CAR CRAZY

New cars 2014

Which will combine higher mpg with cool design?


Published: Thursday, August 1, 2013 at 6:01 a.m.
Last Modified: Thursday, July 25, 2013 at 12:10 p.m.

The North American International Auto Show in Detroit, where brands debut their very latest models, is just a memory. But the vehicles that were broadcast to the world in January are just becoming available to drivers looking for a new ride.

The new crop is noteworthy for its higher fuel consumption — heading toward the mileage Armageddon of 2025, when a domestic automaker's roster of vehicles must average

54. 5 miles per gallon. The first stop toward that mandate is 34.5 mpg by 2016.

Keep in mind that every year, brands give makeovers to their vehicles from the subtle to the drastic — maybe a headlight job, an alternate drive train, control configuration.

The 2014 class, in keeping with the last few years, is more concerned with fuel consumption than flash. Higher mpg standards are pushing mileage ratings over design, at least for now.

In terms of design, let's talk drastic right off: The Toyota Corolla is in need of a shave. Maybe a haircut as well. The car has been a top seller in Gainesville — number 7 last year — despite its remake drought.

This year, though, some are whispering redo, and even more optimistically, a redo based on the Furia concept that was shown in Detroit. If so, the Corolla would not only get 32 mpg, but it would look cool getting it.

In the same class is the Nissan Versa Note, a hatchback version of the sedan, which, since we're talking what moves in Gainesville, is the Number 11 most popular new car in town. The Note gets 32 mpg — 40 mpg highway — and offers a navigation system with a 5.8 inch screen. Millennials loves them some nav screens, and this is a grabber.

Luxury and compact have long been estranged — luxury is a big, swimming-in-car, like Caddys and Buicks and BMW 5s. Only recently have the higher ends really tried to reach out with smaller cars with lower price points to appeal to drivers.

There has to be some luxury in that smaller-car entry, and this year it's the Mercedes CLA, which sits in what's known as the luxury compact segment alongside entries such as the Audi A3 the BMW 1-Series (remember that?) and the Volvo C30.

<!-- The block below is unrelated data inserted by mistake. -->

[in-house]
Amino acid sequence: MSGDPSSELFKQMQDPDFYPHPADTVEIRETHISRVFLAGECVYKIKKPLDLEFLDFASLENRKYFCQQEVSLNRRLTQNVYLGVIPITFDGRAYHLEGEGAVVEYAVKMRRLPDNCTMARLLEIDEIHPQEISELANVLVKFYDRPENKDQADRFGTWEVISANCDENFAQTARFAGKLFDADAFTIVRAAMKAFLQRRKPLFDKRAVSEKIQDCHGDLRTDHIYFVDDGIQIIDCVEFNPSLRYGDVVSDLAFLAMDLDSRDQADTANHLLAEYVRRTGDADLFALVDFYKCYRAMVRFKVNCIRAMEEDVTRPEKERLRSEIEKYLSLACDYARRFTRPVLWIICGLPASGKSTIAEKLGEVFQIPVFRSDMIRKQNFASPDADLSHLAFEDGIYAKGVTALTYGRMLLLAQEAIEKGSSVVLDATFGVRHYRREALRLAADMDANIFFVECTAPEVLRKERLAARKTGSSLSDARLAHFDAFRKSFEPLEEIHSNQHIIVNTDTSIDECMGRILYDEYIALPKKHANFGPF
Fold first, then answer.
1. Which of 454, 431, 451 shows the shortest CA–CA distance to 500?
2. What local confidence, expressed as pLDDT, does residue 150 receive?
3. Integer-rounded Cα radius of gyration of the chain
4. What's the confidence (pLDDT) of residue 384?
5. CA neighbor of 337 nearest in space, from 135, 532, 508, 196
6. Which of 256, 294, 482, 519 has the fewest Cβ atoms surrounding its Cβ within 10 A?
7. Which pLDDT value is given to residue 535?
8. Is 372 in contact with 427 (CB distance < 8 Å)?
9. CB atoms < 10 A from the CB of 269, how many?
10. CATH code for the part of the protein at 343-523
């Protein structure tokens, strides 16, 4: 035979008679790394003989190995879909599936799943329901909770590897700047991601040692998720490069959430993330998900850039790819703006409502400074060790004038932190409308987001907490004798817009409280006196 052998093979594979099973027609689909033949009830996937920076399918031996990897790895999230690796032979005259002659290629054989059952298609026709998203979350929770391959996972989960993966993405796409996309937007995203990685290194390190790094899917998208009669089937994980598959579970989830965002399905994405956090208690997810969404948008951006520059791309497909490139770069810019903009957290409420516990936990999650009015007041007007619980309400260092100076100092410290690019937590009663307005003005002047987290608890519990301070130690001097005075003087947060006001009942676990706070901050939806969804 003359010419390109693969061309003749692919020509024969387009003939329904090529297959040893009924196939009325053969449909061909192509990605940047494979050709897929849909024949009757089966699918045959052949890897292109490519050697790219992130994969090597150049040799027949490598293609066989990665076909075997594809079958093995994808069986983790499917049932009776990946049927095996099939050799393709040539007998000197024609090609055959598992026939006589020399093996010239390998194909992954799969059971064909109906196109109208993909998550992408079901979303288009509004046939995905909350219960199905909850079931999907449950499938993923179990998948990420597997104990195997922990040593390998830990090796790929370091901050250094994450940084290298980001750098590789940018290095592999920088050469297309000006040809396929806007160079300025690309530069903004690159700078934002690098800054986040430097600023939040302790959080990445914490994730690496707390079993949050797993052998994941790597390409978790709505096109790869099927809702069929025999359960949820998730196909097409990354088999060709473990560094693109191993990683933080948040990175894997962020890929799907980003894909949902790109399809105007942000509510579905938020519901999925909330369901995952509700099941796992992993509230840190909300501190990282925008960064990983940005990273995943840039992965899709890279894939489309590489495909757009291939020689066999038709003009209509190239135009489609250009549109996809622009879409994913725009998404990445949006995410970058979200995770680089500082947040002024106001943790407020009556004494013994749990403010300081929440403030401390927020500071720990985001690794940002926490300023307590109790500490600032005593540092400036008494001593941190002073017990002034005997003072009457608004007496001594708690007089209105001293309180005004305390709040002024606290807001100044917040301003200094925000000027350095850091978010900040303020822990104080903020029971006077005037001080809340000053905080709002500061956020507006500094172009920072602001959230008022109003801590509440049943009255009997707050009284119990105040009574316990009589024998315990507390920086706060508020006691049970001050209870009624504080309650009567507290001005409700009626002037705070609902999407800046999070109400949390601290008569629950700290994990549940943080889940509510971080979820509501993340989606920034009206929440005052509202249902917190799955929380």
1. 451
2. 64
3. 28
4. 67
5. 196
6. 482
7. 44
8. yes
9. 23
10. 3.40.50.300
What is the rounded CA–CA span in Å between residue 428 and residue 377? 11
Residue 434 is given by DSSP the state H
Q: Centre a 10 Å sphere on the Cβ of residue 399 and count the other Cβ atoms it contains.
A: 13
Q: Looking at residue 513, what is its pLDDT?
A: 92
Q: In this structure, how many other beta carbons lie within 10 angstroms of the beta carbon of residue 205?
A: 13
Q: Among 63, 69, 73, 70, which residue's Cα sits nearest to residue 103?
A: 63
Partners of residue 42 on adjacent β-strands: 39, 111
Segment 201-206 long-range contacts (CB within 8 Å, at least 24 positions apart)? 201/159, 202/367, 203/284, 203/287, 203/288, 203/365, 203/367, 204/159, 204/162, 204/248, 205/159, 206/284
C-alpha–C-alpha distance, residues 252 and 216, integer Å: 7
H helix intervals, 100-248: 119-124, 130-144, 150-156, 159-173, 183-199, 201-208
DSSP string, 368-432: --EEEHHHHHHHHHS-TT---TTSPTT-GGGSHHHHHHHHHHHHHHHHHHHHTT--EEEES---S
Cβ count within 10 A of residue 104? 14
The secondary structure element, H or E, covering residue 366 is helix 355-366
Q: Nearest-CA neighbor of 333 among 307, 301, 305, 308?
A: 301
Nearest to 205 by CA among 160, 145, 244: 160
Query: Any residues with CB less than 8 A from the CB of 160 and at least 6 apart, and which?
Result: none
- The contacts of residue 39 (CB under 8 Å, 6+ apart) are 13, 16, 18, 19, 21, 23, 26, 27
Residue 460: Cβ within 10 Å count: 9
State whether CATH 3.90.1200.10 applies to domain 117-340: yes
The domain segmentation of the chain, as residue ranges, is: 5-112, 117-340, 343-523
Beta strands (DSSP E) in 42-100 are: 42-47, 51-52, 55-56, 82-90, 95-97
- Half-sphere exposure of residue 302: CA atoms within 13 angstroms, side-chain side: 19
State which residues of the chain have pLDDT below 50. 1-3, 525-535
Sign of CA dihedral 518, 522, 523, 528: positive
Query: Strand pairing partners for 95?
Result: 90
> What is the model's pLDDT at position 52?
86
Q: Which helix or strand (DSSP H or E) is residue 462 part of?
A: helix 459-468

These smaller, high-end cars aim to get drivers who are unlikely to splurge on a car into the market, a lower-priced version of their marquee products. The CLA will go on sale in the fall starting at around $30,000.

The reservation among many car types is performance: Can a small car offer the drive and perks of a regular-sized vehicle?

OK, let's say you're not the driver to slide into a micro-sized car, don't care about squeezing into parking spaces and mpg is just one more acronym. Toyota's version of a Buick — the Avalon — dares to break out of its senior appeal this year, as the reinvented model hits dealerships. The hood is sleek, the sides have a Lexus-esque curve and the interior, well, it's like a Buick. Reliability with a dash of panache put the Avalon on the list.

Then there's this year's big vehicle.

It's no surprise that this region digs trucks, given the wider expanses, the agriculture, the DIY ethic that moves the pace here.

For most truck drivers, the F-150 is the go-to, reliable place to be. It's the top-selling used vehicle in this area. The Dodge Ram has always been number two — it's the seventh top seller in used vehicles here.

In the fall, the Dodge Ram hits with a diesel, claiming it as “the industry's only light-duty diesel pickup.” The others have diesels; “light-duty” is the key. It's a massive new entry for Dodge regardless.

What does a buyer consider before making such a large purchase? With a bevy of new vehicles just now hitting dealer lots, there is something for everyone. Which is good, because needs and wants for motorists are just as varied.

Elizabeth Hodges, a 40-something health-care worker, has been driving a Toyota Sequoia for a decade, accustomed to its 12 to 15 mpg. She's in the market for a new car and the models at the auto show in Detroit don't matter a whit to her. She looks at “shapes and colors” when she considers what to get.

She ponders a smaller SUV, a smaller pickup truck and, her emotional preference, a Volkswagen Beetle convertible.

This is how many drivers begin the buying process; a sorting out of practicality and heart tugging. Hodges looks at cars in parking lots, on the road and, occasionally, online. And she doesn't read the trades to see what's hot. It's a right-place, right-time thing with her.

“I like the Honda CRV, the Suburu Forester,” Hodges says. “But when it comes time to buy, it will depend on the car on that day, combined with the right deal.”

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